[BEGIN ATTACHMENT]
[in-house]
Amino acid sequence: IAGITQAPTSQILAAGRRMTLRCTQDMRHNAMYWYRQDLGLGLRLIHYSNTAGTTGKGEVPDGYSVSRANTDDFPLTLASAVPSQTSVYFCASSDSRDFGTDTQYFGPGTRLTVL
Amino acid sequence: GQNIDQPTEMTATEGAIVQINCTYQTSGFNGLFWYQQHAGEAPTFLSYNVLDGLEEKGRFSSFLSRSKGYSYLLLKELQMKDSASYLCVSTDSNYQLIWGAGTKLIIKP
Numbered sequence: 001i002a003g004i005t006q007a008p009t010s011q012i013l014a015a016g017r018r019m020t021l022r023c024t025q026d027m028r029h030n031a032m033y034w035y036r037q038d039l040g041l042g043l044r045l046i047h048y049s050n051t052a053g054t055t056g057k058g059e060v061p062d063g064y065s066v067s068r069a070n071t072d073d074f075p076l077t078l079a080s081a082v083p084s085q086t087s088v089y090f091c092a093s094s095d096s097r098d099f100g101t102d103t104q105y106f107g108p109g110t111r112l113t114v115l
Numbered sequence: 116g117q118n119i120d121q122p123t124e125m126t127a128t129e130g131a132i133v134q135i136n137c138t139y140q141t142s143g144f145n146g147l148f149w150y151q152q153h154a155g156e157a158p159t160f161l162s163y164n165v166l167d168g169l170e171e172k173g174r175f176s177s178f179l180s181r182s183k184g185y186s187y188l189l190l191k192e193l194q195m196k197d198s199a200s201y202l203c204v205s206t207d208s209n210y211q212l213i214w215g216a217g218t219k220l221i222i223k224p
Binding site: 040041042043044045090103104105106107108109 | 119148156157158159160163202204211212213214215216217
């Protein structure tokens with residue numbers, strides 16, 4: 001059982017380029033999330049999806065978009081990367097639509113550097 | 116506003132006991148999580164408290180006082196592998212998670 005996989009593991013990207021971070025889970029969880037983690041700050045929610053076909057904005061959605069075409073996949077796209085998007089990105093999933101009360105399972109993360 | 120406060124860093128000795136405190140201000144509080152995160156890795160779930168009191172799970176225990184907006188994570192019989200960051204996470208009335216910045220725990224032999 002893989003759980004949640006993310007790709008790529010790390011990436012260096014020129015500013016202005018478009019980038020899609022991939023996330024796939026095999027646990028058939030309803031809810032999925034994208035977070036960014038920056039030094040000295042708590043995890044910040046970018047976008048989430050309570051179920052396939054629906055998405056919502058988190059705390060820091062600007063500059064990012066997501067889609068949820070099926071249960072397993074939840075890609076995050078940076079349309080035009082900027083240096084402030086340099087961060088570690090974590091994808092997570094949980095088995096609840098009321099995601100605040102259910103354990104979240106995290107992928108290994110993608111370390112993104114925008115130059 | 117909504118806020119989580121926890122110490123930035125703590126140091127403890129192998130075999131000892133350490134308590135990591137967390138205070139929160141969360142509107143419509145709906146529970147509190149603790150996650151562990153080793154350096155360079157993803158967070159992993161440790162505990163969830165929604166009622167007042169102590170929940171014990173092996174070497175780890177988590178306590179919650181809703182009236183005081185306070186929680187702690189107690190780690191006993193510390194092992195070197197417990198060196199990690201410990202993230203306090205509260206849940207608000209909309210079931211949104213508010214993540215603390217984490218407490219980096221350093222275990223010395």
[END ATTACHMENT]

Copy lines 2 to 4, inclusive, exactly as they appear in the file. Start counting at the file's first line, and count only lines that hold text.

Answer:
Amino acid sequence: IAGITQAPTSQILAAGRRMTLRCTQDMRHNAMYWYRQDLGLGLRLIHYSNTAGTTGKGEVPDGYSVSRANTDDFPLTLASAVPSQTSVYFCASSDSRDFGTDTQYFGPGTRLTVL
Amino acid sequence: GQNIDQPTEMTATEGAIVQINCTYQTSGFNGLFWYQQHAGEAPTFLSYNVLDGLEEKGRFSSFLSRSKGYSYLLLKELQMKDSASYLCVSTDSNYQLIWGAGTKLIIKP
Numbered sequence: 001i002a003g004i005t006q007a008p009t010s011q012i013l014a015a016g017r018r019m020t021l022r023c024t025q026d027m028r029h030n031a032m033y034w035y036r037q038d039l040g041l042g043l044r045l046i047h048y049s050n051t052a053g054t055t056g057k058g059e060v061p062d063g064y065s066v067s068r069a070n071t072d073d074f075p076l077t078l079a080s081a082v083p084s085q086t087s088v089y090f091c092a093s094s095d096s097r098d099f100g101t102d103t104q105y106f107g108p109g110t111r112l113t114v115l